Montgomery, 40 miles west of Chicago, lies in the heart of the Fox River Valley.  Directly south of Aurora, Illinois’s second-largest city, and east of Illinois’s expansive farmlands, this fast-growing community combines quaint historicity with brand new construction; scenic byways with major business corridors; and extensive parklands with modern shopping facilities. 

New Yorker Daniel Gray founded Montgomery in 1835.  A born entrepreneur, Gray built the town’s first frame house and then established business operations, including two foundries and a stone grist mill which stills stands.  He persuaded settlers to name the town after Montgomery County, New York, his place of origin.

For many years, Montgomery maintained a stable population around 5,500; but the new millennium brought change.  A true “boomtown,” Montgomery’s population grew 237% between 2000 and 2010 due to a marked increase in residential construction.   Over 18,000 people now call this village “home.”  Spanking new subdivisions and shopping centers now adorn the outlying areas, while antiquated small-town charm hasn’t moved from downtown.


Mention “shopping,” and most of Montgomery’s old-timers will immediately answer, “Try the Douglas Road strip!”  This corridor of businesses, many older, embodies the community atmosphere that keeps small businesses alive.  Meet Pete, owner of Grandma’s Table, which sells a full-course chicken dinner at 1990’s prices; purchase fresh-cut meat at Montgomery Marketplace, and greet the same friendly checkers week after week; order sub gum and egg rolls from the Chinese Wok, and wait for that familiar driver to deliver it to your doorstep.  Resale aficionados will have a heyday exploring the super-sized Salvation Army, which features antiques as well as a plethora of treasures for pennies.

Of course, small businesses aren’t all that Montgomery offers.  As “boomtown” erupted, new developments arose, and Montgomery now boasts shopping centers along Orchard Road and U.S. 30, as well as U.S. 34 in nearby Oswego.   Diners have access to a scrumptious assortment of restaurants, from the Olive Garden to Applebees, from Culvers to Coldstone Creamery, as well as Starbucks and Panera Bread.  Do you prefer Dominicks, Jewel or Meijer, Target or WalMart?  Whatever your price range or sworn allegiance, your store of choice is certain to be minutes away; for the area’s shopping centers lack virtually nothing, including boutiques and specialty shops, pet stores and electronics outlets.  For those who want the convenience of an enclosed mall, Aurora’s Westfield Shopping Center is only 15 minutes away.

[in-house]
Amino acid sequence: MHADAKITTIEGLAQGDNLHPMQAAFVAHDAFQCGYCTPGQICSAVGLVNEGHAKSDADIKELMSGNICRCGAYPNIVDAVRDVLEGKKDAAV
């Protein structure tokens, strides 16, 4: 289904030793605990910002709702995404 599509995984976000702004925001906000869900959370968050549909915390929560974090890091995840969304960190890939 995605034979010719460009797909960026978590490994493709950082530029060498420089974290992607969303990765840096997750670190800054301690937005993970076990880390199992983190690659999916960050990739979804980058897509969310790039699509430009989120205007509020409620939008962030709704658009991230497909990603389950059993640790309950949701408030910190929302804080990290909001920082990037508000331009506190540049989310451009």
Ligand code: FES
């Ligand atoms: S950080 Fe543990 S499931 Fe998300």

Winding riverside bike trails…the flower-bedecked Mill Street bridge…foamy falls plummeting over the Fox River dam…rocky beaches rife with fish.  Think “Montgomery,” and the first image many picture is the picturesque Fox River, winding its way toward the mighty Illinois as it snakes through the center of town.  Watch duck families swim along the shore; marvel at the antiquated railroad bridge; build campfires, fish, even pick up shells, at public areas near the dam.  Montgomery is a true haven for outdoor enthusiasts, and joggers, strollers, and bikers alike will find the Fox River trails a second home.  The Fox River Trail connects Montgomery with Aurora to the north, Oswego to the south, while the Virgil Gilman Trail crosses the river to connect it with points west.  Many subdivisions have biking paths, as well as retention ponds for fishing.